The “EGI finds this incident highly condemnable and actionable. This incident has come against the backdrop of increased persecution of journalists in the state of UP, as the administration has punished, penalized, and incarcerated journalists in an effort to intimidate them from freely reporting on crimes, state excesses, and the management of the pandemic. Siddique Kappan, the journalist who was arrested while reporting on the rape and murder of a Dalit woman in Hathras in October 2020, still remains in jail under the draconian UAPA, in spite of several appeals by the family and the civil society to afford him a fair trial and treatment.” The breach of peaces charges against Kappan have been dropped as reported by the Times of India on 16 June 2021 and according to the SDO of Mant, he has been discharged from the matter. Nevertheless Kappan still remains in jail.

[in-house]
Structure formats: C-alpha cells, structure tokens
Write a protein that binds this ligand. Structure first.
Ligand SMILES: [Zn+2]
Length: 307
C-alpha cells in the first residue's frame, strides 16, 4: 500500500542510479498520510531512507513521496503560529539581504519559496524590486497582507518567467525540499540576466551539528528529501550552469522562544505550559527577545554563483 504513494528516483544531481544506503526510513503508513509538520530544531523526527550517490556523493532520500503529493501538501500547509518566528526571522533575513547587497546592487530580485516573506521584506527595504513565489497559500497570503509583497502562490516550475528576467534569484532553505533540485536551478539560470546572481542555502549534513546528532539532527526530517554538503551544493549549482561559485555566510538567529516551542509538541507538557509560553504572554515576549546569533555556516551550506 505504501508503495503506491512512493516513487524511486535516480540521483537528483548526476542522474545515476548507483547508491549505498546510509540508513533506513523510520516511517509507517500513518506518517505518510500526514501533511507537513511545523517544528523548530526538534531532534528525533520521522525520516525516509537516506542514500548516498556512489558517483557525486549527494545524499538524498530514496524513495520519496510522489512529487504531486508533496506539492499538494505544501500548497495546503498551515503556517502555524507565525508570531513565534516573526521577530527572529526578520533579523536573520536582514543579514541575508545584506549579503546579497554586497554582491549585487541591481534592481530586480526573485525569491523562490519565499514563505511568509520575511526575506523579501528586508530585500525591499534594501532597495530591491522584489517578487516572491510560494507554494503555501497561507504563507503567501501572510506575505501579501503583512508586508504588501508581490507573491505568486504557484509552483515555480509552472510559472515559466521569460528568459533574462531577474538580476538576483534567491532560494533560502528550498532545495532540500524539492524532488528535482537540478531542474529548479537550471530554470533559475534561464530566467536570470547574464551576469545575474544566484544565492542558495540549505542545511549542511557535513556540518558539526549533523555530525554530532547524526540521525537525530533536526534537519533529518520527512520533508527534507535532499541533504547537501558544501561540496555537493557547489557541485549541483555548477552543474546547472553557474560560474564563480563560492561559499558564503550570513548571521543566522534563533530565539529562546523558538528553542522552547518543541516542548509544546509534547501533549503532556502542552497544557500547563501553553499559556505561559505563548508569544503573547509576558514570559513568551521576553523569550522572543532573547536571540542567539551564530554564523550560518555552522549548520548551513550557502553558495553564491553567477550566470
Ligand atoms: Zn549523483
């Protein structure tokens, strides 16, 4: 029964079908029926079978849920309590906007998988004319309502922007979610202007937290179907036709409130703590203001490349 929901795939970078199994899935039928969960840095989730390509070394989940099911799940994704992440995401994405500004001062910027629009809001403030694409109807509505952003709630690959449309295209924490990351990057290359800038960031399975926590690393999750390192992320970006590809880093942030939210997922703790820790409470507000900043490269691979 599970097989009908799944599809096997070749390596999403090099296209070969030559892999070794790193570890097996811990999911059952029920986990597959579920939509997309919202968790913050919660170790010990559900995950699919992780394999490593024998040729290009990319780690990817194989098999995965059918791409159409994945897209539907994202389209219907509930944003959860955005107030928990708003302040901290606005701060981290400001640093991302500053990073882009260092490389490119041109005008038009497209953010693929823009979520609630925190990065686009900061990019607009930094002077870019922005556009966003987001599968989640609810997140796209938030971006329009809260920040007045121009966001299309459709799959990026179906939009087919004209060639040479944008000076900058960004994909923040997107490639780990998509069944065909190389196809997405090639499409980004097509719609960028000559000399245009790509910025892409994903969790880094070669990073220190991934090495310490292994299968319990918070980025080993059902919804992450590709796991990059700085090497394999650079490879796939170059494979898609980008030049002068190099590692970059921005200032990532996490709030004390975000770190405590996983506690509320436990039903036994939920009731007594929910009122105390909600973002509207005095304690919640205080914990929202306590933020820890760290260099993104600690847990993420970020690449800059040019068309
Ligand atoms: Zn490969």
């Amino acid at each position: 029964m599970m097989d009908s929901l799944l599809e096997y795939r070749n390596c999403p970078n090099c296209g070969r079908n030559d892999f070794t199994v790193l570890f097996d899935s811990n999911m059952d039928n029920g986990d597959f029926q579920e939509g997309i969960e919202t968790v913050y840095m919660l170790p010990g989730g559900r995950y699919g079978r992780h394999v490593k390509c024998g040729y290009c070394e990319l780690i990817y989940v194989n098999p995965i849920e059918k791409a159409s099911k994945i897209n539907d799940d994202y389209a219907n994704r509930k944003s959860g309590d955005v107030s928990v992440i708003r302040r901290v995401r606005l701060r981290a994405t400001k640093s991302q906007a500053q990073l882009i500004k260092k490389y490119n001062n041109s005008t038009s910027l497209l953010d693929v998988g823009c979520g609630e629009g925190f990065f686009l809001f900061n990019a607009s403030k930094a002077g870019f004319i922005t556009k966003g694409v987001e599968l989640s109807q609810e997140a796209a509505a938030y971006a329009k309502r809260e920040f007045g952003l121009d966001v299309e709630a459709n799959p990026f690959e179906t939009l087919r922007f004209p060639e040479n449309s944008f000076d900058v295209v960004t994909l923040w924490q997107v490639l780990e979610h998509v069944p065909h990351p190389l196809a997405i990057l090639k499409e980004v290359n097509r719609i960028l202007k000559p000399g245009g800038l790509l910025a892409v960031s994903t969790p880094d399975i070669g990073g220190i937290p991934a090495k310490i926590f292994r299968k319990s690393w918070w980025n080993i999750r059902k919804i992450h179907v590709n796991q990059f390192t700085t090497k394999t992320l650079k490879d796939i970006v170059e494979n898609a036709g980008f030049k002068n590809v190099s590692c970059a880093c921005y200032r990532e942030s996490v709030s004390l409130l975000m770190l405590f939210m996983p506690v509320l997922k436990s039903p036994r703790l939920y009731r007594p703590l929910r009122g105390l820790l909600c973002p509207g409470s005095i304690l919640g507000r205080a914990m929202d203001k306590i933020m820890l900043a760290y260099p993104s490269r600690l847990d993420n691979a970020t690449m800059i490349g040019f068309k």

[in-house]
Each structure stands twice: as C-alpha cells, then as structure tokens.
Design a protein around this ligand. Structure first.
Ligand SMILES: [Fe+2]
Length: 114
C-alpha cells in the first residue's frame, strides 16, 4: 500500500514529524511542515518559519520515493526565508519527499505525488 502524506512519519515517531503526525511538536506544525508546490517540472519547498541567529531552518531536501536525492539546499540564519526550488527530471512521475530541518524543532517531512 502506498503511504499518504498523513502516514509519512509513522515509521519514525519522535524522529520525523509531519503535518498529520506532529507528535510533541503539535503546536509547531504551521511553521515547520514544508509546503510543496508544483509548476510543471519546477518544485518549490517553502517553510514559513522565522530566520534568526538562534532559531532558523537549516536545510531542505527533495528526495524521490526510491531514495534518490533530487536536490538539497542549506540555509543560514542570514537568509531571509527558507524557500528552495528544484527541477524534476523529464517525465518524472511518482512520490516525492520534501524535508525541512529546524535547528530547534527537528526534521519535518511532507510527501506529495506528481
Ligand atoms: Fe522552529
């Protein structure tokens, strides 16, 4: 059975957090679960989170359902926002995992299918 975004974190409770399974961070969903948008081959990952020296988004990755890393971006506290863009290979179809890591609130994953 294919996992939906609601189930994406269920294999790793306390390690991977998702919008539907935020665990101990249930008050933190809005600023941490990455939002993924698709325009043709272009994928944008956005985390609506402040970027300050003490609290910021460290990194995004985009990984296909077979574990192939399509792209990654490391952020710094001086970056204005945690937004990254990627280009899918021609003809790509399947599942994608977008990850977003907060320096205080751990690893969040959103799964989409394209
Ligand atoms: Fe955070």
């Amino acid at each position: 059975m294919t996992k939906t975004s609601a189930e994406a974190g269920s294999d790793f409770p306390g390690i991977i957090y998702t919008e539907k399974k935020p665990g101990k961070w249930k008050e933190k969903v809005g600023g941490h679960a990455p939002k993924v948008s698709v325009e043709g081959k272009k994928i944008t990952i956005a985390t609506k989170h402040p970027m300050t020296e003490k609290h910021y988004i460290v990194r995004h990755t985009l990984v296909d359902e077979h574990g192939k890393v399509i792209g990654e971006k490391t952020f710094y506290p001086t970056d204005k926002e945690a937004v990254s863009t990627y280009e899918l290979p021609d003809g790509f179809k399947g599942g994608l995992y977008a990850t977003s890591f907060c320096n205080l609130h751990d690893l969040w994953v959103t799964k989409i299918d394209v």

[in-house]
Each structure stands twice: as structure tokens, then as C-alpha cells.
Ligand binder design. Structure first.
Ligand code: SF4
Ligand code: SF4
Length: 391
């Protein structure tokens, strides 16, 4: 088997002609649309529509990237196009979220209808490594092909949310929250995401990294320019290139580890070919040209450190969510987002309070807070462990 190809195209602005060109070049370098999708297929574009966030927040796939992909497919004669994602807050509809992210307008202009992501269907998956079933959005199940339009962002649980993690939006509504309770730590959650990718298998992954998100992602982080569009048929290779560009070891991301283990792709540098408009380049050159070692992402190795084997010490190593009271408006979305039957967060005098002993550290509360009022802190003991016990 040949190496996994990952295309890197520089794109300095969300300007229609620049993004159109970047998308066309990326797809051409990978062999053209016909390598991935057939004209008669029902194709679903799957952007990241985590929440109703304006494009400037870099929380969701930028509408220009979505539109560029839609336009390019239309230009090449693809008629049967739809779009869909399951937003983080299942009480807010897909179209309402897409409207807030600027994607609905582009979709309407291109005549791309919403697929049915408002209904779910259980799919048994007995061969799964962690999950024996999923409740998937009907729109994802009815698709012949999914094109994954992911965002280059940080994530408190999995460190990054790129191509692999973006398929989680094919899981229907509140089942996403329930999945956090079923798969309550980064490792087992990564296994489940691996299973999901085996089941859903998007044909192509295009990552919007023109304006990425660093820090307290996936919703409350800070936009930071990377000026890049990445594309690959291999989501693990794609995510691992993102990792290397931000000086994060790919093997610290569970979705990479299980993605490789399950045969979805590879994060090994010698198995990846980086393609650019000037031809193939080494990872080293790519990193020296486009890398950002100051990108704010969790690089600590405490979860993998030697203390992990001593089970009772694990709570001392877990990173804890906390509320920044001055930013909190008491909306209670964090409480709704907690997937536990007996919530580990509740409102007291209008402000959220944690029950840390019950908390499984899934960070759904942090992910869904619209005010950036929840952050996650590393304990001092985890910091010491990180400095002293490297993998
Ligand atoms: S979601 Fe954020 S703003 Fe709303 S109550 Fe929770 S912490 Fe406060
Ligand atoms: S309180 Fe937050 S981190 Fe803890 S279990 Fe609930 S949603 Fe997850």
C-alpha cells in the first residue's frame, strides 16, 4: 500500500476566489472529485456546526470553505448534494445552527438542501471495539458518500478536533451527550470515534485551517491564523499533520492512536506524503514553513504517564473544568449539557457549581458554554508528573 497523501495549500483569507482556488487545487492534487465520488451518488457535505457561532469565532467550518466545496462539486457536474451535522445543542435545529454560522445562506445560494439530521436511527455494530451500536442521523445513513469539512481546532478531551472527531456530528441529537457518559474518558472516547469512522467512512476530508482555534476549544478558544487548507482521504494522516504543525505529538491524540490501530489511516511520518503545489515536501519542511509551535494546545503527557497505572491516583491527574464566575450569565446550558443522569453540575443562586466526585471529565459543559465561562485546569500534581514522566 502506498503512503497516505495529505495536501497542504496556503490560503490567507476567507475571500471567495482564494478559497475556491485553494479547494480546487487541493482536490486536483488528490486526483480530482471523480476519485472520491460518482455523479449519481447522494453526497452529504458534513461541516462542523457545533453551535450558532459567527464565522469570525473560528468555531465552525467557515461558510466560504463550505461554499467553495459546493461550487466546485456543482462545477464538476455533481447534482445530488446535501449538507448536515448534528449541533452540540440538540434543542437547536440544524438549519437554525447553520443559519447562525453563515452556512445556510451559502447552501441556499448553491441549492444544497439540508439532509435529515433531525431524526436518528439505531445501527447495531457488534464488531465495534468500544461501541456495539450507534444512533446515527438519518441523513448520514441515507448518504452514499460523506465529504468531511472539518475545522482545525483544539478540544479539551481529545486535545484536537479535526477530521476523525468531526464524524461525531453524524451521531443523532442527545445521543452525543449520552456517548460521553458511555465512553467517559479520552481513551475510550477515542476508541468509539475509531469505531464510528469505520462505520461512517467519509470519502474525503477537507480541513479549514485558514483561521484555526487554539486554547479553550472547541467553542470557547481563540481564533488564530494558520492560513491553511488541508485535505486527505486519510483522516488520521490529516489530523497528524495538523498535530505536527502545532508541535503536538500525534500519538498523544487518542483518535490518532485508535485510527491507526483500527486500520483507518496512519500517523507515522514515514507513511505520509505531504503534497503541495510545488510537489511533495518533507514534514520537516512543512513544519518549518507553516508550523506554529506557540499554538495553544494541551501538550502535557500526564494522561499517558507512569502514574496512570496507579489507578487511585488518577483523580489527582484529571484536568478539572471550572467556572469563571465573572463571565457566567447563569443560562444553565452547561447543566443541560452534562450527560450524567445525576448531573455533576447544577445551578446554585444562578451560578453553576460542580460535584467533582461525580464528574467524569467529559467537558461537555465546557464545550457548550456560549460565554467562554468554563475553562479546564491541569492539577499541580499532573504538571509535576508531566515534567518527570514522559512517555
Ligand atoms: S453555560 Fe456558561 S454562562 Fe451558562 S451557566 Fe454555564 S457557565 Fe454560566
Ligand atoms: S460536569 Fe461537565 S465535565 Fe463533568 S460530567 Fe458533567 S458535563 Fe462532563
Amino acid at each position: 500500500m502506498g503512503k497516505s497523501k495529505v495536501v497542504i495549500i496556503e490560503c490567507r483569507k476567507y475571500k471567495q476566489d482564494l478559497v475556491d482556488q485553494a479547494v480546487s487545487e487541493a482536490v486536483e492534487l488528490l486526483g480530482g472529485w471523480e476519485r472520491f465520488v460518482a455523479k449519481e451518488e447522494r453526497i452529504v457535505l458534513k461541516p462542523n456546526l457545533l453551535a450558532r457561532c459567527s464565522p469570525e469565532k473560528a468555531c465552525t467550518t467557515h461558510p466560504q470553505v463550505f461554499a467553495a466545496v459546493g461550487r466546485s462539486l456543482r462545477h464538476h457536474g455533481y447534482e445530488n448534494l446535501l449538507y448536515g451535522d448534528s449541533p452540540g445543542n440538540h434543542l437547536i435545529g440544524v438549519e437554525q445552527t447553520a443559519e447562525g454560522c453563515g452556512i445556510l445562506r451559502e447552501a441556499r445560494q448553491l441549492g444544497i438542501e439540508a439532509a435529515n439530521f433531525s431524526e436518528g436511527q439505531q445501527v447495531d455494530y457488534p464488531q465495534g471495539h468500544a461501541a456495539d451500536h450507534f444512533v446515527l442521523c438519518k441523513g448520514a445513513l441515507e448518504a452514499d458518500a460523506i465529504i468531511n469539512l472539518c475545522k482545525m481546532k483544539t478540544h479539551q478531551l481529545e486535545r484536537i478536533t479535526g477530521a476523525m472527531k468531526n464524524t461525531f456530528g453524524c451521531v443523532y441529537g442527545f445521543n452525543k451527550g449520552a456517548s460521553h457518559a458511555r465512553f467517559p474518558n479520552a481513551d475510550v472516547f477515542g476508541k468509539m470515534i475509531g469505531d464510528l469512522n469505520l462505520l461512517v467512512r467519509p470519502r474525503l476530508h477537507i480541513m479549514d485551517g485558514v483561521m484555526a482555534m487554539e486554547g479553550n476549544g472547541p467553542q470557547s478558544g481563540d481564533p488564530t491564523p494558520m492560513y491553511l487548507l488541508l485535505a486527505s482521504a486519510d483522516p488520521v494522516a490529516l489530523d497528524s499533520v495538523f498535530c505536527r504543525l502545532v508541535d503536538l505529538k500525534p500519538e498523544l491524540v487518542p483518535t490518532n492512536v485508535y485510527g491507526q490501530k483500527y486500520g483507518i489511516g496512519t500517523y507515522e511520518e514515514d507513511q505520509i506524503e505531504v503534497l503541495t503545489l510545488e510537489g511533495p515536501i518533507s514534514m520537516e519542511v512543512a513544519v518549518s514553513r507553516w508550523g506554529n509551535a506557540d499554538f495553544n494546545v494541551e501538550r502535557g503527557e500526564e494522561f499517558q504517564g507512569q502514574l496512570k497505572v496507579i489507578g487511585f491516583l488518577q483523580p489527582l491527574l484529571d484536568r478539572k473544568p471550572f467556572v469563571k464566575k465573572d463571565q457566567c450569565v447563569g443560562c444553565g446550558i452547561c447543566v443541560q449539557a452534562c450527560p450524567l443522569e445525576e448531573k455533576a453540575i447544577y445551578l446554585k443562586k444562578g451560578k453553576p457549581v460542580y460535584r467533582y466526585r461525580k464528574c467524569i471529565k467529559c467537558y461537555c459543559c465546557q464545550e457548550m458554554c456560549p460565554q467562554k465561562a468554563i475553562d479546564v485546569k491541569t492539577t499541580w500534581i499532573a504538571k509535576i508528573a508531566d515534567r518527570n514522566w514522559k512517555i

“Even though the CDO has subsequently apologized to the journalist, this attitude of heavy-handedness by the administration is hurting the democratic rights of the media, which becomes all the more crucial given that the state goes into polls next year.
“EGI demands that strict action be taken against the official and that concrete steps be taken to improve the environment for independent journalism in the state.”
The statement is signed by Seema Mustafa, president Sanjay Kapoor, general secretary Anant Nath, treasurer
Cambridge, 12 July 2021, Xaar has completed the acquisition of print systems and printbar specialist FFEI Limited. The deal will accelerate the company’s existing growth strategy and will enable Xaar to capture additional opportunities in vertically integrated solutions.
FFEI is a leading integrator and manufacturer of industrial digital inkjet systems and digital life science technology with many years of experience in managing technical integration and engineering projects. Its highly innovative and advanced imaging solutions and printbar manufacturing have enabled the business to establish several joint ventures with world leading organisations in both digital inkjet and life sciences.
The addition of FFEI strengthens Xaar’s capabilities and skills and will help to provide a more comprehensive solution for its growing number of OEM and UDI (User Developer Integrator) customers.